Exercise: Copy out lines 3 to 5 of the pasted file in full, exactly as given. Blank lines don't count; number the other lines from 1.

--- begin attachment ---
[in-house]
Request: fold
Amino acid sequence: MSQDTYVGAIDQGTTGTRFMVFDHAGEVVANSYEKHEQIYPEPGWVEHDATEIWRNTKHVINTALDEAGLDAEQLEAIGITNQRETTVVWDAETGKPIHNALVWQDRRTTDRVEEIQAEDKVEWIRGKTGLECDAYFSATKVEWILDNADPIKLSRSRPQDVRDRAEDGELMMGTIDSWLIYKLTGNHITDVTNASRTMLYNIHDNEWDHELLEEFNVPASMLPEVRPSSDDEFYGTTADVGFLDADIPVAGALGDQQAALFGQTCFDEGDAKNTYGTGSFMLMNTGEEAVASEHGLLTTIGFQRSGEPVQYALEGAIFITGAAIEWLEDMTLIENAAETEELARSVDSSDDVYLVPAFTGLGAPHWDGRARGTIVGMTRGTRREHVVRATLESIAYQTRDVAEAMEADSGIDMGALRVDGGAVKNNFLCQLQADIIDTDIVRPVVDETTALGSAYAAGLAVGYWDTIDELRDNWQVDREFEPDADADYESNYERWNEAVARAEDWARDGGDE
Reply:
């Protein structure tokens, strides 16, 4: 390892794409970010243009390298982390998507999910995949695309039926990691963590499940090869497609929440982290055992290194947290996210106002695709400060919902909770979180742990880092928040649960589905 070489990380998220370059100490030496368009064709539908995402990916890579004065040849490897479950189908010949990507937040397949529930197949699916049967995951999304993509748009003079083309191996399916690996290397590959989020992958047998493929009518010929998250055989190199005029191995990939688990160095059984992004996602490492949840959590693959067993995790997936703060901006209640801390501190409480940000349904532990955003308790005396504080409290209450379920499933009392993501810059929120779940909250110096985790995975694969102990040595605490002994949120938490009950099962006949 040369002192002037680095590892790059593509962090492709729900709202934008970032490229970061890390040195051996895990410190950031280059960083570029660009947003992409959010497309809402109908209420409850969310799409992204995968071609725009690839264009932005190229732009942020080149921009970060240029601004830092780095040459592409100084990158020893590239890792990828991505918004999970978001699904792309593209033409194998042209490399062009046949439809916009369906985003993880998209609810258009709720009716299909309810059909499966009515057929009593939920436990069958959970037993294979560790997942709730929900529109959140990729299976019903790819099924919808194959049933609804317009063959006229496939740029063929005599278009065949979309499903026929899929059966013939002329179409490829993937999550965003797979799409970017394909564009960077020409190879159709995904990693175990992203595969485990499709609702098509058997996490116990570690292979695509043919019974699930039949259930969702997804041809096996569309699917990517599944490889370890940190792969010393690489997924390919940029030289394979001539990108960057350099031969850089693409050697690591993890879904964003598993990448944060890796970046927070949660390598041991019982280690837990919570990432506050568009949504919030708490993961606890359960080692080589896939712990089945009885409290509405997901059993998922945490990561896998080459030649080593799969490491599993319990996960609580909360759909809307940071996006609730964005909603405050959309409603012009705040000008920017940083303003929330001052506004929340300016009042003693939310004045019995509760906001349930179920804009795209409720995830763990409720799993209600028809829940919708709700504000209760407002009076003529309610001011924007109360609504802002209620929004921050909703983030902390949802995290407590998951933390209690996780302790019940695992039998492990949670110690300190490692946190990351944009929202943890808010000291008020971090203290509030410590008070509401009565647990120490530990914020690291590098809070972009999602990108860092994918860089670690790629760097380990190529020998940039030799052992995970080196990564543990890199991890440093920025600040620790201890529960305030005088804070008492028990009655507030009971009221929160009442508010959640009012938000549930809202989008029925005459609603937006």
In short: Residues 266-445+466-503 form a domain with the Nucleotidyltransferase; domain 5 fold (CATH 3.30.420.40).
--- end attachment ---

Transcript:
Amino acid sequence: MSQDTYVGAIDQGTTGTRFMVFDHAGEVVANSYEKHEQIYPEPGWVEHDATEIWRNTKHVINTALDEAGLDAEQLEAIGITNQRETTVVWDAETGKPIHNALVWQDRRTTDRVEEIQAEDKVEWIRGKTGLECDAYFSATKVEWILDNADPIKLSRSRPQDVRDRAEDGELMMGTIDSWLIYKLTGNHITDVTNASRTMLYNIHDNEWDHELLEEFNVPASMLPEVRPSSDDEFYGTTADVGFLDADIPVAGALGDQQAALFGQTCFDEGDAKNTYGTGSFMLMNTGEEAVASEHGLLTTIGFQRSGEPVQYALEGAIFITGAAIEWLEDMTLIENAAETEELARSVDSSDDVYLVPAFTGLGAPHWDGRARGTIVGMTRGTRREHVVRATLESIAYQTRDVAEAMEADSGIDMGALRVDGGAVKNNFLCQLQADIIDTDIVRPVVDETTALGSAYAAGLAVGYWDTIDELRDNWQVDREFEPDADADYESNYERWNEAVARAEDWARDGGDE
Reply:
């Protein structure tokens, strides 16, 4: 390892794409970010243009390298982390998507999910995949695309039926990691963590499940090869497609929440982290055992290194947290996210106002695709400060919902909770979180742990880092928040649960589905 070489990380998220370059100490030496368009064709539908995402990916890579004065040849490897479950189908010949990507937040397949529930197949699916049967995951999304993509748009003079083309191996399916690996290397590959989020992958047998493929009518010929998250055989190199005029191995990939688990160095059984992004996602490492949840959590693959067993995790997936703060901006209640801390501190409480940000349904532990955003308790005396504080409290209450379920499933009392993501810059929120779940909250110096985790995975694969102990040595605490002994949120938490009950099962006949 040369002192002037680095590892790059593509962090492709729900709202934008970032490229970061890390040195051996895990410190950031280059960083570029660009947003992409959010497309809402109908209420409850969310799409992204995968071609725009690839264009932005190229732009942020080149921009970060240029601004830092780095040459592409100084990158020893590239890792990828991505918004999970978001699904792309593209033409194998042209490399062009046949439809916009369906985003993880998209609810258009709720009716299909309810059909499966009515057929009593939920436990069958959970037993294979560790997942709730929900529109959140990729299976019903790819099924919808194959049933609804317009063959006229496939740029063929005599278009065949979309499903026929899929059966013939002329179409490829993937999550965003797979799409970017394909564009960077020409190879159709995904990693175990992203595969485990499709609702098509058997996490116990570690292979695509043919019974699930039949259930969702997804041809096996569309699917990517599944490889370890940190792969010393690489997924390919940029030289394979001539990108960057350099031969850089693409050697690591993890879904964003598993990448944060890796970046927070949660390598041991019982280690837990919570990432506050568009949504919030708490993961606890359960080692080589896939712990089945009885409290509405997901059993998922945490990561896998080459030649080593799969490491599993319990996960609580909360759909809307940071996006609730964005909603405050959309409603012009705040000008920017940083303003929330001052506004929340300016009042003693939310004045019995509760906001349930179920804009795209409720995830763990409720799993209600028809829940919708709700504000209760407002009076003529309610001011924007109360609504802002209620929004921050909703983030902390949802995290407590998951933390209690996780302790019940695992039998492990949670110690300190490692946190990351944009929202943890808010000291008020971090203290509030410590008070509401009565647990120490530990914020690291590098809070972009999602990108860092994918860089670690790629760097380990190529020998940039030799052992995970080196990564543990890199991890440093920025600040620790201890529960305030005088804070008492028990009655507030009971009221929160009442508010959640009012938000549930809202989008029925005459609603937006």